Friday, January 17, 2014

What's A Ying Without A Yang?



While reading an article yesterday I came across the word Oceania and (instead of simply running across the word as usual) I paused, thought about it, realized I did not know where Oceania was located, and so I then looked up (using Google) Oceania.

The term is often used to denote a continent comprising Australia and proximate islands.

The widest definition of Oceania includes the entire region between continental Asia and the Americas, thereby including islands in the Pacific Rim such as the Japanese Archipelago, Taiwan, and the Aleutian islands.

Now I know a bit more than I earlier knew about Oceania.


Yin and Yang

Wikipedia has revealed to me that in Chinese philosophy, the concept of yin-yang, which is often called "yin and yang", is used to describe how seemingly opposite or contrary forces are interconnected and interdependent in the natural world, and how they give rise to each other as they interrelate to one another. Many natural dualities (such as light and dark, high and low, hot and cold, fire and water, life and death, and so on) are thought of as physical manifestations of the yin-yang concept.

The Wiki site stated much, much more... a lot more than I needed (or wanted) to know. The more I read the more dubious, the more downright skeptical I became. Finally, after exhaustive reading and some critical thinking, I came to the conclusion that (to borrow one of Sheldon Cooper's favorite phrases) "it's all a bunch of hokum."

And please do not tell me that, "millions of believers can't all be wrong." Experience throughout a long lifetime has proven to me that they certainly can, and often are.


Another blog I try to read whenever he offers a new posting is one written by Sam Harris. He writes with intelligence and clarity, reminding me of the textbooks and stories of Isaac Asimov in an earlier era.

Our Narrow Definition of "Science" is Sam Harris' response to the 2014 Edge question WHAT SCIENTIFIC IDEA IS READY FOR RETIREMENT?

Sam Harris


Did You Know . . .?

First Lady Eleanor Roosevelt allowed only female journalists at her press conferences ensuring that newspapers would have to hire women.



On this day in 1961, Dwight D. Eisenhower ended his presidential term by warning the nation about the increasing power of the military-industrial complex. His remarks, issued during a televised farewell address to the American people, were particularly significant since Ike had famously served the nation as military commander of the Allied forces during WWII. Eisenhower urged his successors to strike a balance between a strong national defense and diplomacy.

Ike also recommended restraint in consumer habits, particularly with regard to the environment. As we peer into society's future, we -- you and I, and our government -- must avoid the impulse to live only for today, plundering, for our own ease and convenience, the precious resources of tomorrow. We cannot mortgage the material assets of our grandchildren without asking the loss also of their political and spiritual heritage.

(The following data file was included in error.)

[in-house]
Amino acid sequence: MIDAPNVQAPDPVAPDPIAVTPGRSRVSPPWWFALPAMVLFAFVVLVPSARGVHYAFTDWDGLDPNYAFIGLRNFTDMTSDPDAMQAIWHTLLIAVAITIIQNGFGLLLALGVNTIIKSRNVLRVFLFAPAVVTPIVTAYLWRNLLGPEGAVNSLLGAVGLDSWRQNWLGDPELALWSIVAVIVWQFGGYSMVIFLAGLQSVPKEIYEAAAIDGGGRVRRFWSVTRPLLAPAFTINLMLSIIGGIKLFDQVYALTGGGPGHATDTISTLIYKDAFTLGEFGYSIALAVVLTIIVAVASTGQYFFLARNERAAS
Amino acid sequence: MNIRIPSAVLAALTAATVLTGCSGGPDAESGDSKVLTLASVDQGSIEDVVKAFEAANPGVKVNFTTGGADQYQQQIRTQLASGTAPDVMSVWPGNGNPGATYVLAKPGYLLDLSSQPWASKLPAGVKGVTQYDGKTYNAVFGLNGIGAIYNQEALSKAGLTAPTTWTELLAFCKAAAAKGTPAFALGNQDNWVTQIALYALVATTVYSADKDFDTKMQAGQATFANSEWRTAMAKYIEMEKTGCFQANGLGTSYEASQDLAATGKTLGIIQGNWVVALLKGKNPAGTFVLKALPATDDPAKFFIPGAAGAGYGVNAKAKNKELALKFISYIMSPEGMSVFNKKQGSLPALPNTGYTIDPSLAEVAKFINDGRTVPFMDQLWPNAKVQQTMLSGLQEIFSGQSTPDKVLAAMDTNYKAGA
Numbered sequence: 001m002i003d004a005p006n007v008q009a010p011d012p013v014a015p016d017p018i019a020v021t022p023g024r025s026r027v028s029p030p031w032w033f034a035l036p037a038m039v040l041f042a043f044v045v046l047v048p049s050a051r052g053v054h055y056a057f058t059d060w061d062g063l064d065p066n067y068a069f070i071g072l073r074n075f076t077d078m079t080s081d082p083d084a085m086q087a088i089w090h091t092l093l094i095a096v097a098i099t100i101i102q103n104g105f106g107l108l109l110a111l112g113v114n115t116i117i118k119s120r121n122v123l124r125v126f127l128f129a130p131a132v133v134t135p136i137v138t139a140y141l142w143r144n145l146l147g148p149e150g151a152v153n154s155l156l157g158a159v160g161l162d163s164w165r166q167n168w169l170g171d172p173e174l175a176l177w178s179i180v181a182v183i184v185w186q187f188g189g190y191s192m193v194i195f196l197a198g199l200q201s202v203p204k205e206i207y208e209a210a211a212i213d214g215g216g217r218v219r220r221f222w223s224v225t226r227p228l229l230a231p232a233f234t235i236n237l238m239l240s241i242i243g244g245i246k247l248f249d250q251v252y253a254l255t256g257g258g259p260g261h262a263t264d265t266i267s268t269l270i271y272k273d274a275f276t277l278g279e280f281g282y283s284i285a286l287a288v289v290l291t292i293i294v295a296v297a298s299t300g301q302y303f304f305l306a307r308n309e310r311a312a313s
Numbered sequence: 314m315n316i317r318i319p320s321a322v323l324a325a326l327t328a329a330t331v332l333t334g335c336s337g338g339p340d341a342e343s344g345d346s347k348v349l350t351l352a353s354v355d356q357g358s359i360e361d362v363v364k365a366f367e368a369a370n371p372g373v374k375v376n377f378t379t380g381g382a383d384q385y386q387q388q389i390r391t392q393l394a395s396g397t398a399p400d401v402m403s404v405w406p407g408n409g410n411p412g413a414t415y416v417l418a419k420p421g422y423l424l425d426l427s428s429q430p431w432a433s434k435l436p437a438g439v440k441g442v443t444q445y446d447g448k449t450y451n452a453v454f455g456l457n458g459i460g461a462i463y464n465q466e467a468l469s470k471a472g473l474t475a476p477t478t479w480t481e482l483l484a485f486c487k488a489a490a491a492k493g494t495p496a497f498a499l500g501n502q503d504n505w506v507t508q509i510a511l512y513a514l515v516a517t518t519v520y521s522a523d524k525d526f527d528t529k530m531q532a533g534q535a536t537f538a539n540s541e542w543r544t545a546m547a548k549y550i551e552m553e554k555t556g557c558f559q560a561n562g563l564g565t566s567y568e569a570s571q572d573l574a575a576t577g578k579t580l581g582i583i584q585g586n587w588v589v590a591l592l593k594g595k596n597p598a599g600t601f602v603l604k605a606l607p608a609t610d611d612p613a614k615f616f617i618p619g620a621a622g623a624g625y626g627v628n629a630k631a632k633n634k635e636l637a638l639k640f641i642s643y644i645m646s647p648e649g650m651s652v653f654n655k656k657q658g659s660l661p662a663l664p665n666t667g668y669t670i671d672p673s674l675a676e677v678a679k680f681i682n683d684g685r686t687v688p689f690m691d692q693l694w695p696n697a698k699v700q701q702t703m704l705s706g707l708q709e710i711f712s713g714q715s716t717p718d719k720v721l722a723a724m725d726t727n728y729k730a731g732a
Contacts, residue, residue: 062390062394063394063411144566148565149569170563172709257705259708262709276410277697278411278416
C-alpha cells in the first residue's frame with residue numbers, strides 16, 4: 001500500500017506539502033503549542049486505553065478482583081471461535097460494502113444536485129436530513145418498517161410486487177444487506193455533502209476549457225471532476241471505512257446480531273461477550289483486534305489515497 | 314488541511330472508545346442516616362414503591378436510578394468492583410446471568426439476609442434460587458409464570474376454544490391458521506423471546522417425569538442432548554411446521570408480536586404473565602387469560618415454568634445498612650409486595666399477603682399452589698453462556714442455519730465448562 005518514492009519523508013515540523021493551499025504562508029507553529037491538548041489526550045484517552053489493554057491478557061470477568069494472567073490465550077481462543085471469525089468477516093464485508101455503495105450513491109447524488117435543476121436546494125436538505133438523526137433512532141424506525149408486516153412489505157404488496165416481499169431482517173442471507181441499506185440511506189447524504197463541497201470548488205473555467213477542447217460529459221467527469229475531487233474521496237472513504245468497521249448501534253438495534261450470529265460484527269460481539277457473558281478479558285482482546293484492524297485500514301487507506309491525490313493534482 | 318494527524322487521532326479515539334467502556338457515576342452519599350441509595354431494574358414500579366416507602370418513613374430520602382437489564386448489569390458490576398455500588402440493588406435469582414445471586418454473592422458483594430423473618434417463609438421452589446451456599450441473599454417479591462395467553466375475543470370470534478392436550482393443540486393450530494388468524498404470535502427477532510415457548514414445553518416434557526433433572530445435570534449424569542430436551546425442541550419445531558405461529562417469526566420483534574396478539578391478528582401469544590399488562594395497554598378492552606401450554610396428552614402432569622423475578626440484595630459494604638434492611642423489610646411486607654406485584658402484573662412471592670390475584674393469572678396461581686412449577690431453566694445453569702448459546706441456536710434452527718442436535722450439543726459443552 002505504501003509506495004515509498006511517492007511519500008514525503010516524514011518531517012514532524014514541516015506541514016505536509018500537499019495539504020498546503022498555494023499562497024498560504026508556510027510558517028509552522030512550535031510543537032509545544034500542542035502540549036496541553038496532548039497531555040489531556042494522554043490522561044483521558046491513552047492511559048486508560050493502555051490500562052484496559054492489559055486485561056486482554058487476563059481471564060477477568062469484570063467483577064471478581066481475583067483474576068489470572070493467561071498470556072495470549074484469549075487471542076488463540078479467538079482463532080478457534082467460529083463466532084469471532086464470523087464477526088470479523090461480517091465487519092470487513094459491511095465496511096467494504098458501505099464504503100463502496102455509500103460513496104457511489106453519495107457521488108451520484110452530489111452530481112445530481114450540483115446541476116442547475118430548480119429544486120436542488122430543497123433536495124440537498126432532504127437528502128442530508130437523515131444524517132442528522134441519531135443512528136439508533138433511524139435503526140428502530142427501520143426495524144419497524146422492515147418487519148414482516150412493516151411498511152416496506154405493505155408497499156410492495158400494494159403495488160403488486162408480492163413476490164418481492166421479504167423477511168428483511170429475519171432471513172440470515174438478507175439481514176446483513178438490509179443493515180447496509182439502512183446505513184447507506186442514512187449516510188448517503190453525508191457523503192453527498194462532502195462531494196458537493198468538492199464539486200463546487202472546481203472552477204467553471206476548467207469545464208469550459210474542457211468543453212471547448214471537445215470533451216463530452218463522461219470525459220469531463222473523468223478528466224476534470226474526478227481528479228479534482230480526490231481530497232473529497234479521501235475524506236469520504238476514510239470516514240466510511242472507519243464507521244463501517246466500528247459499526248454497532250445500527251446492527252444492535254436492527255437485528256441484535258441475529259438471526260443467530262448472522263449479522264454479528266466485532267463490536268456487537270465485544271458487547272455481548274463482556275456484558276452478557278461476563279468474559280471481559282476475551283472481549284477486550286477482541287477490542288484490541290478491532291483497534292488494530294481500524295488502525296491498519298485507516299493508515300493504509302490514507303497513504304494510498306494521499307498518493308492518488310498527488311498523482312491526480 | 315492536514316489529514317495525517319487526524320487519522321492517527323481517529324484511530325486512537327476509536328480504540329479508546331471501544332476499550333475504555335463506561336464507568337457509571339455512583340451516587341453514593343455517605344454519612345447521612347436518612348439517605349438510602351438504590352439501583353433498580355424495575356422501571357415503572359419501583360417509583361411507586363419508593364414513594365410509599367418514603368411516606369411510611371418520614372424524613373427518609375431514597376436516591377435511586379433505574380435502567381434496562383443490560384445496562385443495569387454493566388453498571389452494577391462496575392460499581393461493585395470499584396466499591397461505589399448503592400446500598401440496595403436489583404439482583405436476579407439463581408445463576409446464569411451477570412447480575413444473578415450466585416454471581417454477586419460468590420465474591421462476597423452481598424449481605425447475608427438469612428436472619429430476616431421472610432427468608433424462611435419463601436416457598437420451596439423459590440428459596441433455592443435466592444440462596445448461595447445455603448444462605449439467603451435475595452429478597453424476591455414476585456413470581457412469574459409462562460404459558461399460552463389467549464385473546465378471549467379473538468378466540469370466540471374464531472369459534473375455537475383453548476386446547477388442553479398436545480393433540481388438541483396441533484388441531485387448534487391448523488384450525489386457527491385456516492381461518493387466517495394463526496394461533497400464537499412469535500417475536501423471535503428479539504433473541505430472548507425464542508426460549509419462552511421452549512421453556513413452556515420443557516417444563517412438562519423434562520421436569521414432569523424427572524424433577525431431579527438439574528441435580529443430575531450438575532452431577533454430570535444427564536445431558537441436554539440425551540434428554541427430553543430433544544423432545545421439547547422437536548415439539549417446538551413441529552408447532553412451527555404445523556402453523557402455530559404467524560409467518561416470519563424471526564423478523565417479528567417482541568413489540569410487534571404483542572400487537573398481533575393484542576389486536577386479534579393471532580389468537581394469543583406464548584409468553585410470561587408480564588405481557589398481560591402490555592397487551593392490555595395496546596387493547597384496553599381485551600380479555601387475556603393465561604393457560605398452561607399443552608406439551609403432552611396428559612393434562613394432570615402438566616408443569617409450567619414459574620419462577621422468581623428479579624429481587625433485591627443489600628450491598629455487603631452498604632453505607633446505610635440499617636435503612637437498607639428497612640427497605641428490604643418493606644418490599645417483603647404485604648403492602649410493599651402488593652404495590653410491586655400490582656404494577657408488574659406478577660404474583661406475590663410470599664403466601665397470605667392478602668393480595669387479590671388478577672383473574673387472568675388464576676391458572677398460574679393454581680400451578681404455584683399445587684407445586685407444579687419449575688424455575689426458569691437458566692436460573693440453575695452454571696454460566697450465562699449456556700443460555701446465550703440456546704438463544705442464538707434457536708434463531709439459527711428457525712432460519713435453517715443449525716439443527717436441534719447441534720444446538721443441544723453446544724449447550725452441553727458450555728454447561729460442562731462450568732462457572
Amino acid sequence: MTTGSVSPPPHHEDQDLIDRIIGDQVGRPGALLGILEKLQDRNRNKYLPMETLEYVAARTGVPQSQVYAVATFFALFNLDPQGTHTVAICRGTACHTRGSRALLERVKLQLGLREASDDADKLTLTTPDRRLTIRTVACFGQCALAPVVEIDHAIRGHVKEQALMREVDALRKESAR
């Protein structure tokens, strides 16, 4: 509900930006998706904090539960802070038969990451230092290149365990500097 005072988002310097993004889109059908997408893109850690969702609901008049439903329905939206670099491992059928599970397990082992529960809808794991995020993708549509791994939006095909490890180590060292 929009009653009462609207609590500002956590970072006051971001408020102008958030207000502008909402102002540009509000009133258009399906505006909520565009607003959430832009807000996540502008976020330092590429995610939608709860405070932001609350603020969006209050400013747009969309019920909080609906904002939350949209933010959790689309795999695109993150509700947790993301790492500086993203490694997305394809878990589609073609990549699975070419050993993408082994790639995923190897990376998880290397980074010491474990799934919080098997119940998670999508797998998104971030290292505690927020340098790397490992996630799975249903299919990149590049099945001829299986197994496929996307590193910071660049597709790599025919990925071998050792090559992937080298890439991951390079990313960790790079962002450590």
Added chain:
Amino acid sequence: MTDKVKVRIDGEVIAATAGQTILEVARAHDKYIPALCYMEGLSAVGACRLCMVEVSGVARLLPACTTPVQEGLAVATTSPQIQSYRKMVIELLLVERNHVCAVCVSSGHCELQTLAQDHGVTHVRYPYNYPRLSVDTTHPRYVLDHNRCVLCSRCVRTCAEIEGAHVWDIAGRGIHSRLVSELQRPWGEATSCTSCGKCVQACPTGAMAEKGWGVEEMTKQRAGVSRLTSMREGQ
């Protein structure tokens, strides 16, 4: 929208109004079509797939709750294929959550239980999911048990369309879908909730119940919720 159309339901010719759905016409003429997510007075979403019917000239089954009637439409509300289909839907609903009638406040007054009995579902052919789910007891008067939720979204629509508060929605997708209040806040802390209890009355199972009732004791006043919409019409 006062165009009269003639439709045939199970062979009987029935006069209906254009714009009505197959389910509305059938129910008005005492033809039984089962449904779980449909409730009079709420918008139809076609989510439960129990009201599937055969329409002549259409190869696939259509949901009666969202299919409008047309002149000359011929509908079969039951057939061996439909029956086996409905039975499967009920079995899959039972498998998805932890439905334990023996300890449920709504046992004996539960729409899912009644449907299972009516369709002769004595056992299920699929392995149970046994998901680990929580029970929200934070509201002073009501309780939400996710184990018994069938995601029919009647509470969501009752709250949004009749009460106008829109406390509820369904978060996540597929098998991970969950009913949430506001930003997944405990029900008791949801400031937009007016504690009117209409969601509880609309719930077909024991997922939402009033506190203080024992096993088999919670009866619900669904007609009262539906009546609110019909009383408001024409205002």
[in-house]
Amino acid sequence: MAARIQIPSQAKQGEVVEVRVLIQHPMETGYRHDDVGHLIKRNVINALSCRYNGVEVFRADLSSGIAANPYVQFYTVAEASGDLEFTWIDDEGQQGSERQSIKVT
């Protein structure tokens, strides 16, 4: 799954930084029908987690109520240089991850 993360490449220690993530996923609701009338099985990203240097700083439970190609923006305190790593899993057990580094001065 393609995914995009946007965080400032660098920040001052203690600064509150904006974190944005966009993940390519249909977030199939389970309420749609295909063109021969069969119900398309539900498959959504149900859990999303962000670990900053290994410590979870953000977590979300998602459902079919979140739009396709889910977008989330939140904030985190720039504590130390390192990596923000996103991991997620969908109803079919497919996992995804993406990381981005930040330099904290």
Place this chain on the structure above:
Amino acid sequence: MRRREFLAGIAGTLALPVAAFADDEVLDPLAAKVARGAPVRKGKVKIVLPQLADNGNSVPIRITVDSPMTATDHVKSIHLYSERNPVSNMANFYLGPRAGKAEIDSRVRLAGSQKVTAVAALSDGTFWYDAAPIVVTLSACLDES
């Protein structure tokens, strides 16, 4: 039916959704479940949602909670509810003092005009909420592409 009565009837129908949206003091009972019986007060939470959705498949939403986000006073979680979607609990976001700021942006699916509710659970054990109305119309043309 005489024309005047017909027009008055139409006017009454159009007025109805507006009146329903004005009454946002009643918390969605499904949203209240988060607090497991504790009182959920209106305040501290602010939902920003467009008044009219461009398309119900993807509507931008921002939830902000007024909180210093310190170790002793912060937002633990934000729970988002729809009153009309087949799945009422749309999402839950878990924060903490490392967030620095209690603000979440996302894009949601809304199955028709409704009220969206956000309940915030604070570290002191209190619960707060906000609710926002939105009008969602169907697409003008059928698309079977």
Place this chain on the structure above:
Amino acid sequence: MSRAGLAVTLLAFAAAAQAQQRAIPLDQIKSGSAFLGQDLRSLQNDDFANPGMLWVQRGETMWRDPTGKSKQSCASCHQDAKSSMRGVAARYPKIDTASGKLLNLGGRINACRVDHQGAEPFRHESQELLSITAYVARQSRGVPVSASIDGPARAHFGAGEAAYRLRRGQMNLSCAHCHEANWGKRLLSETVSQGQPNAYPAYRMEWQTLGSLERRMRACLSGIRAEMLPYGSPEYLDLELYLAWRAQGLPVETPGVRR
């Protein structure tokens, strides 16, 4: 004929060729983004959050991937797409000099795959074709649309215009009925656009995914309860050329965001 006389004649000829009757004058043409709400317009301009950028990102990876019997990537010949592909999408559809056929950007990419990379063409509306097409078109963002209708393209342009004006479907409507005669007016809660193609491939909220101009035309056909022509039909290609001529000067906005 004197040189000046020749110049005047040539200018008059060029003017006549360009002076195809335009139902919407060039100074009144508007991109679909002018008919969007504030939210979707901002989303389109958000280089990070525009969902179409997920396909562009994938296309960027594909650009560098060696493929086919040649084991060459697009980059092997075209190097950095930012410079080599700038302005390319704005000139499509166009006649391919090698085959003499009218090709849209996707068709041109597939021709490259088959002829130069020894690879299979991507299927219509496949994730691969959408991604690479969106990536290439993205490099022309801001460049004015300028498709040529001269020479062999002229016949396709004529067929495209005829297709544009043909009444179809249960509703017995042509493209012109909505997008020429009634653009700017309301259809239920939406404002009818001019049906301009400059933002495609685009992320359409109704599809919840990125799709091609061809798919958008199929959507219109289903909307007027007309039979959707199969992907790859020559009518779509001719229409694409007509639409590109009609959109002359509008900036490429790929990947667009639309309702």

refusing to agree or compromise; uncompromising; inflexible.
an intransigent person, as in politics.



(born January 17, 1962)
Jim Carrey is a Canadian American actor and comedian. Carrey first gained recognition in 1990 after landing a recurring role in the sketch comedy In Living Color. His first leading roles in major productions came with Ace Ventura: Pet Detective (1994), Dumb and Dumber (1994), The Mask (1994), and Ace Ventura: When Nature Calls (1995). In 1997, he gave a critically acclaimed performance in Liar Liar. He then starred in The Truman Show (1998) and Man on the Moon (1999). In 2000, he gained further recognition for his portrayal of the The Grinch in How the Grinch Stole Christmas and then, in 2003, Bruce Almighty. The following year he starred in Eternal Sunshine of the Spotless Mind (2004). He then starred in Lemony Snicket's A Series of Unfortunate Events (2004), Fun with Dick and Jane (2005), Yes Man (2008) and A Christmas Carol (2009). More recently, he has starred in Mr. Popper's Penguins (2011) and The Incredible Burt Wonderstone (2013).

(born January 17, 1922)
Betty White is an American actress, comedian, presenter, singer, author and television personality. In 2013, the Guinness World Records awarded White with having the longest television career for a female entertainer. White is best known for her television roles as Sue Ann Nivens on The Mary Tyler Moore Show and Rose Nylund on The Golden Girls. Since the death of co-star Rue McClanahan in 2010, she is the only surviving Golden Girl. She currently stars as Elka Ostrovsky in the TV Land sitcom Hot in Cleveland. She also hosted NBCs practical-joke show Betty White's Off Their Rockers.

(born January 17, 1942)
Muhammad Ali (born Cassius Marcellus Clay, Jr.) is an American former professional boxer, generally considered among the greatest heavyweights in the sport's history. A controversial and polarizing figure during his early career, Ali is today widely regarded not only for the skills he displayed in the ring but for the values he exemplified outside of it: religious freedom, racial justice and the triumph of principle over expedience. He is one of the most recognized sports figures of the past 100 years, crowned "Sportsman of the Century" by Sports Illustrated and "Sports Personality of the Century" by the BBC.

(born January 17, 1964)
Michelle Obama is an American lawyer and writer, is the wife of the 44th and current President of the United States, Barack Obama, and the first African-American First Lady of the United States. 


"A new scientific truth does not triumph by convincing its opponents and making them see the light, but rather because its opponents eventually die, and a new generation grows up that is familiar with it."
--Max Planck



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